Basic instructions for my Sashiko kits:
Above you see 3 sampler panels, from left to write the difficulty level and the time it takes to complete them increases.
For this kind of Sashiko the needle is sharp. The length and thickness of the needle is usually determined by the fabric used. These panels are printed on a thighter woven cotton fabric so a thinner needle is placed in the packaging. The Sashiko thread is also a thinner kind.
The smaller patterns can be made into coasters and the larger can be a complementing panel for patchwork or to decorate a bag/cushion. It´s up to your imagination!
Sashiko means “small stabs” which describes the stitch used, a running stitch. Running stitch is the basic stitch in hand-sewing. The stitch is worked by passing the needle in and out of the fabric, or you could say up and down.
A Sashiko needle is held differently than other emboidery needles. It can take a little time to get used to it, but I promise it´s worth the hassle in the beginning .
On the picture below I’m showing you how the Sashiko needle is held by using a thimble with a plate. (Feel free to contact me if you’d like a thimble with a plate at firstname.lastname@example.org)
If you don’t have a thimble with a plate yet (the kit doesn’t include one) then you can try to hold the needle like on the picture below.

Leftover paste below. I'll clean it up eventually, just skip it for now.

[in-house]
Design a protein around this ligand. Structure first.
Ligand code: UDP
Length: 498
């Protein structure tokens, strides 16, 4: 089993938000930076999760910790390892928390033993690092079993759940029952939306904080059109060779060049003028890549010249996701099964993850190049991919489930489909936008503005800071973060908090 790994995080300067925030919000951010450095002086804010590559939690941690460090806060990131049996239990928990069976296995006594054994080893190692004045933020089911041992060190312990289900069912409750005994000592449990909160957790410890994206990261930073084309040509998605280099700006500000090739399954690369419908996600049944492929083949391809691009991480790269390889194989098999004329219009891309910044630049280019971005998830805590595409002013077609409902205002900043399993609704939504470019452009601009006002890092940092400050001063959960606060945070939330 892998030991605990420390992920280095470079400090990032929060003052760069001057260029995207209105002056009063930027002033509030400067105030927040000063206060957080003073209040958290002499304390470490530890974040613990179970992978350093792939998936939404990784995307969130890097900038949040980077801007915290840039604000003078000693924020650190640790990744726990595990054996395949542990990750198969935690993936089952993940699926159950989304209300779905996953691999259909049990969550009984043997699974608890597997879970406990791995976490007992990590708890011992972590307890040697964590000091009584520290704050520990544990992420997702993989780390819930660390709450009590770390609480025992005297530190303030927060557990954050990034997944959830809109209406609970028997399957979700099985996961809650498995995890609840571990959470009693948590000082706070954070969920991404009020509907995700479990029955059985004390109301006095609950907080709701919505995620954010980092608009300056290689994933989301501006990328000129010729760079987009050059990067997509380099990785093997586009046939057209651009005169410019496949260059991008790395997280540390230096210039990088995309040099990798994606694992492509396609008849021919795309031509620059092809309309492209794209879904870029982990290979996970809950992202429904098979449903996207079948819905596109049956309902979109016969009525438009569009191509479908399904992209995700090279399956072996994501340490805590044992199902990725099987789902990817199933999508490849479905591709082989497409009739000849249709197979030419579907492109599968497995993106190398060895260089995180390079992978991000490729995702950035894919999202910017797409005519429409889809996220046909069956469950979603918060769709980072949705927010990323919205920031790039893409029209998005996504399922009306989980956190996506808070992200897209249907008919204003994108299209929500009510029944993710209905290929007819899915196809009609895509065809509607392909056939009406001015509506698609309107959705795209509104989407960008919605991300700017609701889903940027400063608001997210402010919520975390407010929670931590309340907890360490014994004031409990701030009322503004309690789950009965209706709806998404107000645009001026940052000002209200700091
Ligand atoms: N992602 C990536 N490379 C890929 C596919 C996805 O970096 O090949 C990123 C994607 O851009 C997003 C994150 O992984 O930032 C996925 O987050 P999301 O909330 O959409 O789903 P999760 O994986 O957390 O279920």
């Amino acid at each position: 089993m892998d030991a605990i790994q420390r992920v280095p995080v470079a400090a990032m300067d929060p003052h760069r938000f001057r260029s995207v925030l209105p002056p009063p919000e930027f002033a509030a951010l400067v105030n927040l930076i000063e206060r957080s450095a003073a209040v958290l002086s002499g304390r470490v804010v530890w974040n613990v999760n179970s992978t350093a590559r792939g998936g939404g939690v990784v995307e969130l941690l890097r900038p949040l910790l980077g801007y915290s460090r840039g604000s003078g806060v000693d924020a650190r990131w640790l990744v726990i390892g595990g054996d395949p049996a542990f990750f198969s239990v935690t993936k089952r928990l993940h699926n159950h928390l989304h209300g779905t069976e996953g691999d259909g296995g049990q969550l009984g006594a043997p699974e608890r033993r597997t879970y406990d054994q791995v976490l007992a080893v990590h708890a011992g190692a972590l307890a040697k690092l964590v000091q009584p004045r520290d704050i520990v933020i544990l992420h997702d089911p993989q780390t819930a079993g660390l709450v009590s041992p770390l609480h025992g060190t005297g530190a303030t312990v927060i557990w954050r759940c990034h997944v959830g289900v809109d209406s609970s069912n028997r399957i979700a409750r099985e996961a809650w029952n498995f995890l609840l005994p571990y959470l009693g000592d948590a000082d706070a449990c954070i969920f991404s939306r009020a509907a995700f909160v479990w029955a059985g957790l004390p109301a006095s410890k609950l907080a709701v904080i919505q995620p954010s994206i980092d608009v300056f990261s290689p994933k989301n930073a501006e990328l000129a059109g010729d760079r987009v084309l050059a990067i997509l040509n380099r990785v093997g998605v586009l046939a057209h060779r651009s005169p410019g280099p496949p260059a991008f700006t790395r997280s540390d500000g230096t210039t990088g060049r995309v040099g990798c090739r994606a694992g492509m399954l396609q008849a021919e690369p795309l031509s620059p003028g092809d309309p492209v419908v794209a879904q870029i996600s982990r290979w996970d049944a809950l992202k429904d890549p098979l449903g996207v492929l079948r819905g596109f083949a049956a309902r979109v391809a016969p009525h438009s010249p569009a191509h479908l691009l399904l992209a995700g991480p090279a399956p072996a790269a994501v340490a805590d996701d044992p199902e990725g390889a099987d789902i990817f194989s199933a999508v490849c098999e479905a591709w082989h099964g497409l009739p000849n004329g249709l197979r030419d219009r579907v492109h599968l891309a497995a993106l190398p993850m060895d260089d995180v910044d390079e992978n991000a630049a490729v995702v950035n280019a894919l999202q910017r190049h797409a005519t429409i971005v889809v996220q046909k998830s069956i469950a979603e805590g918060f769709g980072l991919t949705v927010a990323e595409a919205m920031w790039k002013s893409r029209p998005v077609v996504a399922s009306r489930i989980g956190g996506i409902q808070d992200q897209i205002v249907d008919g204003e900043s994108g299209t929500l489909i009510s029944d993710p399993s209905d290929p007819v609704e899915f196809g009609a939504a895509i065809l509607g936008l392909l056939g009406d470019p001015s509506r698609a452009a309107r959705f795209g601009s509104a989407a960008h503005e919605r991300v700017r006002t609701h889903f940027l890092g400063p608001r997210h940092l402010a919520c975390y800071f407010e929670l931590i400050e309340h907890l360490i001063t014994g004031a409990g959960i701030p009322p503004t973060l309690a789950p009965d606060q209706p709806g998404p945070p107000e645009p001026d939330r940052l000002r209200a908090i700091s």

This isn’t the usual way of holding a Sashiko needle but it does the job. It helps to start training your muscle memory to hold the needle differently than when embroidering.
As these patterns are mainly built up from curved lines no more than 3-4 stitches sewn in the same time are recommended, but on the straight lines you can try to stitch the whole row. Don´t be too hard on yourself if you are a beginner, you will get the hang of it!
A tip that can be helpful on the way is to leave a little extra thread when you are at a corner and you are changing directions. See the backside of the pattern below, when changing rows for example, to secure that the thread won’t pull the fabric together – when you are done – that little extra thread can help. Always try to flatten out your project to keep the thread at ease and reduce the possibility for wrinkles.